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New hints for swallowing sticky horse pills


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I've developed a rather good method for gulping those oversized pills that tend to stick to the tongue and emit terrible bitterness.  For me, these include Lamictal and trazodone.

So, the method:

1.  Place pill on tongue.

2.  Quickly, grab your glass of beverage (a sweet, uncarbonated beverage is ideal, but water is fine, too).

3.  Take a mouthful of beverage (do not swallow it yet!).

4.  Swish it around vigorously in your mouth (like you would with mouthwash) to unseat the pill from your tongue and suspend it away from any of your mouth structures.

5.  Once it's suspended, swallow hard.

Please do not misinterpret step 5. ;-)

I'm going to go outside and get my mind out of the gutter... BRB

Okay, back.

Note that this technique has worked for me every time!

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My Lamictal pills aren't oversized so I don't really know.

But I've found, what works for me is, first take a big sip of water, then put the pill into your mouth. That way you don't even have to put it on your toungue so no disgusting chemical taste.

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I do that, I try to keep it away from my tounge, but I can NEVER swallow it fast enough to keep that nasty taste away.

Soda is the easiest way for me, I guess because I can chug that stuff down pretty quickly ;)

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  • 3 weeks later...

Anything with fat in it works for me.  2% milk, yogurt, chocolate pudding.  Swish the fat containing substance in the mouth first, then put the pill between the front teeth, then wash the pill down with milk or water.  In my case, putting it on the tongue first is a sure way to get the bitterness all down the back of my mouth.

I've tried with juice and sweet drinks but it doesn't seem to work as well for me, though it's much, much better than water alone.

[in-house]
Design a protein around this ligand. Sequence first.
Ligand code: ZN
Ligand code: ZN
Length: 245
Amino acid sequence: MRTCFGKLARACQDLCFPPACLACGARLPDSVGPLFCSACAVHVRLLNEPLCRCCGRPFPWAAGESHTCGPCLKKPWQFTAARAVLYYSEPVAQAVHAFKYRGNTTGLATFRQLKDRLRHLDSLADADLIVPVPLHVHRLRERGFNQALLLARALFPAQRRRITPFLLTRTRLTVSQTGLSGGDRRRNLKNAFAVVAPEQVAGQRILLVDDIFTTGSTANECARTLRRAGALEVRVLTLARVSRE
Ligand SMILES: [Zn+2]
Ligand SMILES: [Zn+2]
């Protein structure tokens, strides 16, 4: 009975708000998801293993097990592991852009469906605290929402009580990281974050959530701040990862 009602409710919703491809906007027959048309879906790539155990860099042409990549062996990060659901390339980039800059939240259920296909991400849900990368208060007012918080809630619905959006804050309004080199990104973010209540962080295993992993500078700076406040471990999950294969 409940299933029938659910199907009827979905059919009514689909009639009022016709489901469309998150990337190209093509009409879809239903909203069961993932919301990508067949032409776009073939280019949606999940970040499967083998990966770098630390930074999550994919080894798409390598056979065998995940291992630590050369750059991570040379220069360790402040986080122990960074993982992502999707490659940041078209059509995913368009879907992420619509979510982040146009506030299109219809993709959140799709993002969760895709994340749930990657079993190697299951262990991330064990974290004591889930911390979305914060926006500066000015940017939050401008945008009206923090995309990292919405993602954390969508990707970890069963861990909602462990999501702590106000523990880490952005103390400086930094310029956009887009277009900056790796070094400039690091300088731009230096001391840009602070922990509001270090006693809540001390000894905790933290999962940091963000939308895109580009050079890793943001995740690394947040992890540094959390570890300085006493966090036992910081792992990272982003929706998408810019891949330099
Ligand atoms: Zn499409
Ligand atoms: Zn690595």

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Here's something interesting.  I was just complaining to the pdoc that I tend to eat late, so ambien (which is absorbed & metabolized more slowly when you take it with food) can leave me feeling dopey in the morning.  He reminded me that it's possible to let it dissolve under the tongue.  "Ewww!" I said, and told him I'd tried it and that it was so bitter it was impossible to keep it in my mouth.  He looked astonished, and I told him at least it's not as bitter as lamictal.  Then he looked at me like I was really crazy.

Turns out that many, if not most, people can't taste either lamictal or ambien.  He reminded me of genetic studies that show variations between individuals in how things taste and whether things taste like anything at all, and he theorizes this is one of those situations.  I seem to remember that a lot of taste is inherited (and we're not talking about anyone's plaid pants).  Apparently lots of his patients can just let lamictal tablets dissolve in their mouths.  <<shudder>>

This would explain why 1) not many people are jumping on this thread, despite how passionate herrfous and I are in our complaints; 2) why lamictal tablets are uncoated; and 3) maybe why herrfous can block the nasty taste of his Vitamin L with juice when I need milk to take mine.

Thought I would share and contribute what I can to the pursuit of knowledge.

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Someone on another thread (can't remember where) said they let the tablet dissolve in their mouth and don't taste anything bad.  If I ever find the studies about genetic relationship to taste reception I'll post it.  But I'm trying not to spend hours on the 'puter at night, so I'm not sure I'll ever get to it.

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For me Lamictal is bitter as can be. Ambien I've never tasted because it is coated and goes down easy.  I'm going to try the under-tongue technique, it would be nice to have it act more rapidly.

It is well known that taste among humans is variable. I haven't seen anything on heritability, though I haven't looked.

Bitter is the taste that has been most noted.  That is why some people love certain green vegetables like broccoli, brussel sprouts, etc. and others gag on them.  It is also common for bitter taste to change from childhood to adulthood. Perhaps you may have experienced hating peas or lima beans as a child and then discovering them tasty as an adolescent or adult.

A survival advantage has been posited for varied human taste preferences.  That is that it allowed us to find different food sources to meet changing climatic conditions which changed available vegetation, and also as we roamed and expanded our geographic range.

Bon apettite

a.m.

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